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Introduction

Whether one likes the idea of Augmented Reality or not, there is no question that this technology is becoming a big topic in the media world. However, this new type of reality is not limited to Google Glass or other high-tech devices. It is helpful and necessary for journalists and other writers to understand how Augmented Reality will undoubtedly change the publishing field. The following white paper will review possible scenarios of Augmented Reality for journalists and how to best use the technology to their utmost advantage.

What is Augmented Reality?

In recent years, there has been a lot of discussion concerning Augmented Reality.  Considered an emerging technology, Augmented Reality (AR) allows for the real time blending of the real world with digital information which is processed by a computer.[1] It is important not to confuse AR with virtual reality, which is a digital experience that mimics various real-world situations.[2] In other words, AR is a view of reality that is digitally enhanced by computer generated graphics through a camera lens.[3] According to one definition, Augmented Reality can refer to any application that 1) combines the real world and the digital world 2) is both interactive as well as in real time, 3) and is 3D or three dimensional.[4]

The History of AR

While there are too many technologies that have developed AR as it is known today to cover in just a brief section, it is necessary to know a few of the main advances. Although AR may seem futuristic and has only been available for consumers for a relatively short time, the concept has been a tool that scientists have used for many years. In fact, some argue that the idea of AR was first introduced in 1901 in writer L. Frank Baum’s short story, The Master Key, where the main character wore special spectacles that relieved another person’s character.[5] Over the next several decades, AR slowly developed from sheer idea to Morton Heilig’s Sensorama, a machine that generated artificial environments for the user’s senses in 1957.[6]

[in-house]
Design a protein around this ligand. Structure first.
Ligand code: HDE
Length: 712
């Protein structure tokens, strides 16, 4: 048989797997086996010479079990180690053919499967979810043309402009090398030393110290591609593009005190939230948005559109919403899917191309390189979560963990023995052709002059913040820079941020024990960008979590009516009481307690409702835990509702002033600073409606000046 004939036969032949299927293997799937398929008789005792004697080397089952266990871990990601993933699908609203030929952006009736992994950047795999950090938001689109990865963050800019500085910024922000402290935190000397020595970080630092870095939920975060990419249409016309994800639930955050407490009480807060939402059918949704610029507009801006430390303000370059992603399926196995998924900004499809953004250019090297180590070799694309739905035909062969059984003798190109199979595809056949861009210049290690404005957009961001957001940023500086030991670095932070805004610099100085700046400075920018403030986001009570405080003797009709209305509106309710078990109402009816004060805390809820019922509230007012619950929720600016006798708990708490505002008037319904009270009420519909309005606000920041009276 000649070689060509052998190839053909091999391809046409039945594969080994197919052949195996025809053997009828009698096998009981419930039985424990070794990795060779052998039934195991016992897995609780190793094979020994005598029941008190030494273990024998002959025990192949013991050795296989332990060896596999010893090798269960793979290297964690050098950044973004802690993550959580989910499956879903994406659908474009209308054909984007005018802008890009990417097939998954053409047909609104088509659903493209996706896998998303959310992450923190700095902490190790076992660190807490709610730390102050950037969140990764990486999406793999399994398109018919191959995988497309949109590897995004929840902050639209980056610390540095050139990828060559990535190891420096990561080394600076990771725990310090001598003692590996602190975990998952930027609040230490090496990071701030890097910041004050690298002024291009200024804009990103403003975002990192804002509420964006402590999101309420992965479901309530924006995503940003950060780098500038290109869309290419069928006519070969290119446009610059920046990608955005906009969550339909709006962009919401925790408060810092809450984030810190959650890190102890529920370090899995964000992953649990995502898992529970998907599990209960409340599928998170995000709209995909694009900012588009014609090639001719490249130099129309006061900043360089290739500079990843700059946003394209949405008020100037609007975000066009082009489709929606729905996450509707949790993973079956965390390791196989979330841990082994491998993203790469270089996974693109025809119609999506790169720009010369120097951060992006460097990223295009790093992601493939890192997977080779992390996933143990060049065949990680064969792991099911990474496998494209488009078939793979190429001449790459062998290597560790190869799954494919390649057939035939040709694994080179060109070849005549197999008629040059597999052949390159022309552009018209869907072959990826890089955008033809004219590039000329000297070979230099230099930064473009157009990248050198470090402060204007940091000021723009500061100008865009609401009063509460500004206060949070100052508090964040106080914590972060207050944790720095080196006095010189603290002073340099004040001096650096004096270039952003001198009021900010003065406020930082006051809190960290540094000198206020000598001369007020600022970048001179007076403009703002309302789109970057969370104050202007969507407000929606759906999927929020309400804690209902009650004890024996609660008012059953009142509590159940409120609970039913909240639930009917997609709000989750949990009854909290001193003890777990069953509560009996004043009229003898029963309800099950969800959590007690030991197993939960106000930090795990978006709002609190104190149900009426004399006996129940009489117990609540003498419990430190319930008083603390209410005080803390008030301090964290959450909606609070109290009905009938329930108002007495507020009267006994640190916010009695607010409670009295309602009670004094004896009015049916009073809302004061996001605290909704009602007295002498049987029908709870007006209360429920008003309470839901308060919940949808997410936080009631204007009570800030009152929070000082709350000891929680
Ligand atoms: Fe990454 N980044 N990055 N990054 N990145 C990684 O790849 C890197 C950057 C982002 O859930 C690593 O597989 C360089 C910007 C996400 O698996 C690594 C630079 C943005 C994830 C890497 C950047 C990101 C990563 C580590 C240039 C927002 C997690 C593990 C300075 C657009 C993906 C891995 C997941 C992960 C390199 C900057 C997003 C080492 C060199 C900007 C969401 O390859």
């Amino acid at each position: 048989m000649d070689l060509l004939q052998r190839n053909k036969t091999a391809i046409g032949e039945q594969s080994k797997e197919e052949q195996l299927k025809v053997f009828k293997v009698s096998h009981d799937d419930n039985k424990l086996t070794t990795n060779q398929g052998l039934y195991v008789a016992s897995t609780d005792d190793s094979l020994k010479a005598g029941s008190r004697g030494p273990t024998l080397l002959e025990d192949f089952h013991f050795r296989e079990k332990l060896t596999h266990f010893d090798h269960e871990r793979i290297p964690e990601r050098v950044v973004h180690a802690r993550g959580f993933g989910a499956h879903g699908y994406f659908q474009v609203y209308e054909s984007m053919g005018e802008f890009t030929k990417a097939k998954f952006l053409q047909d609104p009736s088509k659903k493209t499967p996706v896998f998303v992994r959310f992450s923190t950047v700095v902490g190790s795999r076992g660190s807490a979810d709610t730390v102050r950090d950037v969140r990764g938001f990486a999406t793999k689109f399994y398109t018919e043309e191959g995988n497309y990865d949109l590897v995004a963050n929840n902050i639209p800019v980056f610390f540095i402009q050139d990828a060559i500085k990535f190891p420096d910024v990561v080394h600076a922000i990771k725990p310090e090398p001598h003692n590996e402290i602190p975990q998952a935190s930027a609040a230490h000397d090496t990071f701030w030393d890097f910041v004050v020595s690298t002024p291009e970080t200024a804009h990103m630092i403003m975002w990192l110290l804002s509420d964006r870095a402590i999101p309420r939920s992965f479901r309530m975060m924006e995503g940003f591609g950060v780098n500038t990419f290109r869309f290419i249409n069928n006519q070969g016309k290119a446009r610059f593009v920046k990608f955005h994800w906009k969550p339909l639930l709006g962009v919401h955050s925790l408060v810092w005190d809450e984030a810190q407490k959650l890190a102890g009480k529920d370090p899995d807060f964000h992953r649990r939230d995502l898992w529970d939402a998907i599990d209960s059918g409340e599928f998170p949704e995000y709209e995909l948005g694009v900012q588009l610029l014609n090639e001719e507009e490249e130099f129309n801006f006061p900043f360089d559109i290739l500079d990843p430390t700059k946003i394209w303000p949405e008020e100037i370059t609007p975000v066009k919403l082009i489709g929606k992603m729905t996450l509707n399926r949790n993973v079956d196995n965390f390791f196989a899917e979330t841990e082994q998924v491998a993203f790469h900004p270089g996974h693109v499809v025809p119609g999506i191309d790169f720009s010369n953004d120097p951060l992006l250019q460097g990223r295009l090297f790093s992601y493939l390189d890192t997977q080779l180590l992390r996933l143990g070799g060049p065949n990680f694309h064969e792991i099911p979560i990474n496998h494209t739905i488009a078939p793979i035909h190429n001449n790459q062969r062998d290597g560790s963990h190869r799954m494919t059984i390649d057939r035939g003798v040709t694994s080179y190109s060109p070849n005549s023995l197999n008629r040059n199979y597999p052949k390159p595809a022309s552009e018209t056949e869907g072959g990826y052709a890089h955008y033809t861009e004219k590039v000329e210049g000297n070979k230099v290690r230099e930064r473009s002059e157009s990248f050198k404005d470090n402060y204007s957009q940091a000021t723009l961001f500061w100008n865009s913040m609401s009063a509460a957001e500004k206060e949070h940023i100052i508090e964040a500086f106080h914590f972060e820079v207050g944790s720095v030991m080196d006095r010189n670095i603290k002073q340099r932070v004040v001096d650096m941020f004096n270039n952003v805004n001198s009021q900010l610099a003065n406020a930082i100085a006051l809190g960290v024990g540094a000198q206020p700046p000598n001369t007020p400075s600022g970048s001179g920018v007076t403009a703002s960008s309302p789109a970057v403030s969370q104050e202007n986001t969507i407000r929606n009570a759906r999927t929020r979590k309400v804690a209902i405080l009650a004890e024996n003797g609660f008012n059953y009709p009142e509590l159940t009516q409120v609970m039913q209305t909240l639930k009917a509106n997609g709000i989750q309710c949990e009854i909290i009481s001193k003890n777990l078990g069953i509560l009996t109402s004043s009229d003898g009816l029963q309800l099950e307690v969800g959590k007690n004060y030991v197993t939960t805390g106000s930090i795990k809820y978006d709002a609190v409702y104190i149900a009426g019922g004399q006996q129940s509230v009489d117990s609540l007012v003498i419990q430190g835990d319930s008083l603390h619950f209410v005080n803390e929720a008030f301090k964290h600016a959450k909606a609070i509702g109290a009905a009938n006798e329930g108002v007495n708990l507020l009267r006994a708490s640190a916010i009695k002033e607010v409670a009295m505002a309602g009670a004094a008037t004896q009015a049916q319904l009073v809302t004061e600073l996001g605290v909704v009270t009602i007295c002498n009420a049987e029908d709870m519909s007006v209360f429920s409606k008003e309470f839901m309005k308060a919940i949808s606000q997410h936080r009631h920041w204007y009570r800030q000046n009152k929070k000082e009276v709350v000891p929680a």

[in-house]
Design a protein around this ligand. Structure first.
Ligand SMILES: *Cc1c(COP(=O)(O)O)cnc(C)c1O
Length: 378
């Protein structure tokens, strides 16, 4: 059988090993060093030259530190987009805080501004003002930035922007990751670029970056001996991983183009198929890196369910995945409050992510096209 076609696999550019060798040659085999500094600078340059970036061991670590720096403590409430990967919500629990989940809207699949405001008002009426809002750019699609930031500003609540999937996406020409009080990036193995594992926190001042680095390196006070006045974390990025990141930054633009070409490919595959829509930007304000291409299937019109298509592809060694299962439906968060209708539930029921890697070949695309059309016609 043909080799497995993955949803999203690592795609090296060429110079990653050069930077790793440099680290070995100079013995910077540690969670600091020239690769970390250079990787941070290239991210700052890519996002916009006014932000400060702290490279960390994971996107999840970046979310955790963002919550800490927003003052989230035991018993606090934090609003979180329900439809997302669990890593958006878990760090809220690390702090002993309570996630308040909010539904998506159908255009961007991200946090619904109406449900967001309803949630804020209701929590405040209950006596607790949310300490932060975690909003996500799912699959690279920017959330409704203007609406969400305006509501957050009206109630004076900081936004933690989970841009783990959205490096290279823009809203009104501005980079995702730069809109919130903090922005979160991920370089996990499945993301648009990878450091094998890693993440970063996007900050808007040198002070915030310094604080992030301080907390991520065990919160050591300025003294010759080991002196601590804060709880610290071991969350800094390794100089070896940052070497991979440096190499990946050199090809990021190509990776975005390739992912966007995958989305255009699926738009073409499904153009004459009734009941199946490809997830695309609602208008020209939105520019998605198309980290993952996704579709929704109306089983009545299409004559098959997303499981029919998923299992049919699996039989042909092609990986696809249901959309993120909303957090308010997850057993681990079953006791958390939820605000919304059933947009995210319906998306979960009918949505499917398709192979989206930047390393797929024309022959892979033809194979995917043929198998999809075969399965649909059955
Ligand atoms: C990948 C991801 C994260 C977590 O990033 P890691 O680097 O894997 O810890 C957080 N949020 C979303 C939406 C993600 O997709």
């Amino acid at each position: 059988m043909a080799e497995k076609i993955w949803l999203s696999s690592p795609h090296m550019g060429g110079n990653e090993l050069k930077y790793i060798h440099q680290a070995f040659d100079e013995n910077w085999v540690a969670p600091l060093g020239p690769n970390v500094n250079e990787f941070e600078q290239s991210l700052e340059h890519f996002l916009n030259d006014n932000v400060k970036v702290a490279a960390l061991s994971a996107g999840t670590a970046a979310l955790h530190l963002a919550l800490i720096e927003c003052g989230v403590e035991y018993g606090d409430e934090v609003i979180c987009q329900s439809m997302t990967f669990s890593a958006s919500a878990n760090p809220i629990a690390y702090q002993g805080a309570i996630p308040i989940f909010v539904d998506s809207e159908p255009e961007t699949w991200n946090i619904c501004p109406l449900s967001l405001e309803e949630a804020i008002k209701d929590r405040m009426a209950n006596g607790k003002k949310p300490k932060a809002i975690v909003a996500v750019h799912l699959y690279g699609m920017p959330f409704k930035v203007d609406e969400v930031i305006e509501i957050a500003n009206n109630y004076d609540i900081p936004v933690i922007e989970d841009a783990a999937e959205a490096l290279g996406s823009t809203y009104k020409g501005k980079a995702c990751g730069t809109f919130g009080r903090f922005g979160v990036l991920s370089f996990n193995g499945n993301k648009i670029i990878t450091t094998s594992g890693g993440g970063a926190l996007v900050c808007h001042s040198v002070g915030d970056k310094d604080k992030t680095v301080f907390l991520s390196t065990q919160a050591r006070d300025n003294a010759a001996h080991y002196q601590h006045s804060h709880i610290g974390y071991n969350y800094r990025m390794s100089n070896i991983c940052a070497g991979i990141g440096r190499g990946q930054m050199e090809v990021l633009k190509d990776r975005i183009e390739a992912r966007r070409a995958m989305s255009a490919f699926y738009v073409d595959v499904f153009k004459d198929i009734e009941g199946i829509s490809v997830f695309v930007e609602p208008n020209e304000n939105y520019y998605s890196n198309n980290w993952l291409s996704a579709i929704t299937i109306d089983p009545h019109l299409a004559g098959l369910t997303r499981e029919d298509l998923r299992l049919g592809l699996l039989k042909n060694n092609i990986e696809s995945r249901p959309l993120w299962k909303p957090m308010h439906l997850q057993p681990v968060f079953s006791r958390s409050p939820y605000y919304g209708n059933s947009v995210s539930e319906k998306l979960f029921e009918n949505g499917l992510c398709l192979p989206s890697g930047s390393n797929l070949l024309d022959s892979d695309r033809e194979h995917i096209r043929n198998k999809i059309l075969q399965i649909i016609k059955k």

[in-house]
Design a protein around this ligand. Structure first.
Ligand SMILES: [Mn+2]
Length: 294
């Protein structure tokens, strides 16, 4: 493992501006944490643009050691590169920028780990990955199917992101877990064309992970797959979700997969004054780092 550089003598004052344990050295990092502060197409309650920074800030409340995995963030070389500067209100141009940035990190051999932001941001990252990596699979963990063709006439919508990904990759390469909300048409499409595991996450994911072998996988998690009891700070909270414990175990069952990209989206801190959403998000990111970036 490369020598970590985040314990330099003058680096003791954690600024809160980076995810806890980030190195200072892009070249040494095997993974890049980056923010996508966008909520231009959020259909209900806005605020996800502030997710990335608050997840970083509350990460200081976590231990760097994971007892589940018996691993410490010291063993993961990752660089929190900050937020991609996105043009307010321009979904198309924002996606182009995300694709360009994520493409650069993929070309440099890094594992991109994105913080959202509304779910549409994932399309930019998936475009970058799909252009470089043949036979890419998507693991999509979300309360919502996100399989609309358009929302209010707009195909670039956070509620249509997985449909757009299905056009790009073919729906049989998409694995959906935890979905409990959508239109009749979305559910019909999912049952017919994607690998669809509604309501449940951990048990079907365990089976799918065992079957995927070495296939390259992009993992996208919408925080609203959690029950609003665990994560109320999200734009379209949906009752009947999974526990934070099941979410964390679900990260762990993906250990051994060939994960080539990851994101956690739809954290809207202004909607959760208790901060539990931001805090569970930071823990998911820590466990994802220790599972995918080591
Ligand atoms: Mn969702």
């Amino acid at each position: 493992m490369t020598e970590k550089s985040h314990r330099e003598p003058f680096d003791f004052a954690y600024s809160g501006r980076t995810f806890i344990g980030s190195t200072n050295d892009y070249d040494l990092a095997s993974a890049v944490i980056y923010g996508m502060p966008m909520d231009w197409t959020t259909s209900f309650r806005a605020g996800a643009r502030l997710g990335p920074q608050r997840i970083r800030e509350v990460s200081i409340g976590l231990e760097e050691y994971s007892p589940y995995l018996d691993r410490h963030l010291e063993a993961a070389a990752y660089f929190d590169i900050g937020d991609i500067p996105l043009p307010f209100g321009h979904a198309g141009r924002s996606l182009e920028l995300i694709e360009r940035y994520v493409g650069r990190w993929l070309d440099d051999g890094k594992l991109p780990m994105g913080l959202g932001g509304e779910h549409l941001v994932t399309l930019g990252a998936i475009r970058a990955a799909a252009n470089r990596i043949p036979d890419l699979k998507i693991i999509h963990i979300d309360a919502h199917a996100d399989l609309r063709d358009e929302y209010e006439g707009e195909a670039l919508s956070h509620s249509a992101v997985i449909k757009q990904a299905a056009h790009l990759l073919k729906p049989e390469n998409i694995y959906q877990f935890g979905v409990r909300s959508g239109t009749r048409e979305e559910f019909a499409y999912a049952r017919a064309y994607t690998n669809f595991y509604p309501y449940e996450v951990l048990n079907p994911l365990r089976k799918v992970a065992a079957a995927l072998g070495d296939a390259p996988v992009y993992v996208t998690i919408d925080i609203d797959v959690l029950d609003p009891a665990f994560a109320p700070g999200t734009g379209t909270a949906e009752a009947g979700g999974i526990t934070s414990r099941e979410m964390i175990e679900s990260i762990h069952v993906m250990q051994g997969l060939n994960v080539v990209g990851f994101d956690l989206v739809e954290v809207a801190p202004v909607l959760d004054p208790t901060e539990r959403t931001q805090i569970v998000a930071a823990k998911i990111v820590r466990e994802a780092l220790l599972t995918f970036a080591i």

However, the term “Augmented Reality” was officially coined in 1990 by Boeing researcher Thomas P. Caudell, who used the phrase to describe a head-mounted digital display that helped teach workers how to assemble electrical wires in aircrafts.[7] Later, in 1992, the first functioning AR system was created for the United States Air Force called virtual fixtures, which allowed users to see cues which helped guide tasks.[8] Now, the focus of AR implementation is on devices which provide easy consumer accessibility such as through apps for mobile and tablet apps for Android and Apple.

The Future of AR and Journalism

However, the question still remains to how journalists fit into the AR equation. As with the popularity of the Internet, the journalism will have to change and accommodate to the world of AR. There are, however, several instances in which AR can aid the field.